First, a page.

# Electronic – Tolerating Logic Inputs in Excess of Vcc

digital-logicvoltage

Referencing this TI inverter as an example part: http://www.ti.com/lit/ds/symlink/sn74ac14.pdf

Specifically, the table at the bottom of page 2 (I would put a picture but I do not know where to upload it). It lists the max Vcc as 6V. It also says the voltage input range is -0.5V to Vcc+0.5V. There is also a note 1 which says "The input and output voltage ratings may be exceeded if the input and output current ratings are observed."

I want to use a Vcc of 3.3V, but I have one input that would be 5V. TI has other inverters that allow 5V inputs with 3.3V Vcc, but their input leakage current is too high for my other inputs. Therefore I am interested in exploring this note.

What does it mean when it says "if the input current rating is observed"? Would this be the input clamp current, Iik (+/- 20 mA)? If so, does that mean I need to put a series resistor in front of the input, so that e.g. 5V – 3.3V = 1.7V (EDIT: and subtract diode drop 0.5V = 1.2V) dropped over the series resistor induces Iik < 20 mA? Should I be concerned about this series resistor being too large, such that the induced current would be less than the input current Ii = +/- 1 uA max?

This question is slightly related to another question on this stackexchange ( Why is it important not to exceed Vcc at the input to a logic gate? ), where one answer off-handedly mentions using resistors to limit input currents, but I would like more detail using a concrete example, especially since this datasheet implies that it's possible to do safely.

Note extremely carefully that note 1 that you refer to in th data sheet applies to the absolute maximum stress only ratings table above the note.
Note that the table below note MUST be what you use for ormal operation.
The normal operation table says that input and output voltgaes both have lower and upper limits of 0V (ground) and vcc respectively during normal operation.

If you violate the spec sheet normal operating conditions requirements you can expect to experience abnormal operating conditions. These may range fro perfectly normal opration through complete maloperation in all cases through to the worst case on unpredicatble possibly unnoticed until something really critical depends on it mis-operation. This can include dying, caching fire or doing anything at all that is not against the laws of Physics under the given circumstances.

The Sparkfun tutorial is generally good but contains one horrendously bad piece of advice,

The Sparkfun resistor and diode solution is safe but pulldown or low is to about 0.6V and pullup is slow compared to a gate switching as the 10k resistor must charge gate an stray input capacitance. These effects often will not matter.

The Sparkfun MOSFET solution is excellent - although the MOSFET used is somewhat marginal at 3V3 gate voltage.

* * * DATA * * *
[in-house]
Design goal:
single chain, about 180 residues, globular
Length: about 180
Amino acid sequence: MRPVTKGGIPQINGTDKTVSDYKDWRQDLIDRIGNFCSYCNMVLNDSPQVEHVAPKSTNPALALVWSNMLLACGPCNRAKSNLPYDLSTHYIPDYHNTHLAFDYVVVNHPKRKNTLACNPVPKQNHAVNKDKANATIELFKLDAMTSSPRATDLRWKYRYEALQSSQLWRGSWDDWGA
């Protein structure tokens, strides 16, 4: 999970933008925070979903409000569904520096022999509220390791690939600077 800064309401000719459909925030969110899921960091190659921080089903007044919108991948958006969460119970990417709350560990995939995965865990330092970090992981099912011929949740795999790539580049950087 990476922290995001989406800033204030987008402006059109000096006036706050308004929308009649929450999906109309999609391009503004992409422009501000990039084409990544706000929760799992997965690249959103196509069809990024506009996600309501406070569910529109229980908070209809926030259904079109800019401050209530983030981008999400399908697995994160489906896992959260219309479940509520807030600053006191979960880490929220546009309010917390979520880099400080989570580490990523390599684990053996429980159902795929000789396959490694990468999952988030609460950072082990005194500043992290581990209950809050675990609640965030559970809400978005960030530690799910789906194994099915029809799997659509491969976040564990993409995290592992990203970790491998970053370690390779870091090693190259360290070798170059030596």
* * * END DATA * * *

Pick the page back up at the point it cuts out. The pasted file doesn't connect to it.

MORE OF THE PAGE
The Sparkfun series 10k resistors in each line is an invitation to disaster and random problems forever.

DON'T DO IT !!!!

To maintain the IC in spec sheet limits Vin <= 3V3 so current flow in the 10k resistor = V/R = (5V- 3v3)/10k = 170 microamps.
170 uA is not very much in most normal circumstances + here it is very likely to drive the pin above 3V3. Catch diode conduction begins reasonably noticeably at about 3.8V and is in full swing by 4V. At 4V you can expect about (5-4)/10k = 100 uA. This current will often be injected in the substrate of the IC in places it was never designed to go and can cause parasitic transistor or can latch nodes in existing devices by inpecting charge that cannot dissipate into floating nodes

MANY people argue violently against the above. They say that it is OK to violate spec sheet limits and to inject current into places that it does not belong and that such actions are consistent with good engineering practice. Walk away lowly from such people with your hands in sight.

I may have not been clear enough in what I was trying to say.
The table in the datasheet at the bottom of page 2 is headed
"Recommended operating conditions (see Note 3)".
ABOVE the table are notes 1 & 2 BUT they are referenced ONLY in the table above them in mid page headed
"absolute maximum ratings over operating free-air temperature range (unless otherwise noted)".

ie down to the end of note 2 relates to IC survival worst case.
BELOW note 2 relates to IC operation. Nothing in note 2, and above says the IC will OPERATE NORMALLY. Just that it will survive.

Note that this is NOT pedantry - this is how the data sheet is intended to be read but it is not always 100% clear when it is all presented together. Datahseets essentially always start with an abs max survival section and then follow with a recommended section. "Recommended" has min & max values for various parameters and transgressing them means you cannot guarantee correct operation.

In the case of protection diode currents

• 10 mA will almost garantee disaster and 1 uA will almost guarantee no observable problems.

• At 1 mA and 10 uA you are likely in trouble and likely OK.

• At 100 uA and 100 UA (ie they meet) you are in a grey area and anything may happen and sometimes does. It can be random, intermittent and project and sometimes product destroying. Occasionally may be life destroying.

Good engineering and Murphy say that you do not go outside spec sheet min-max range.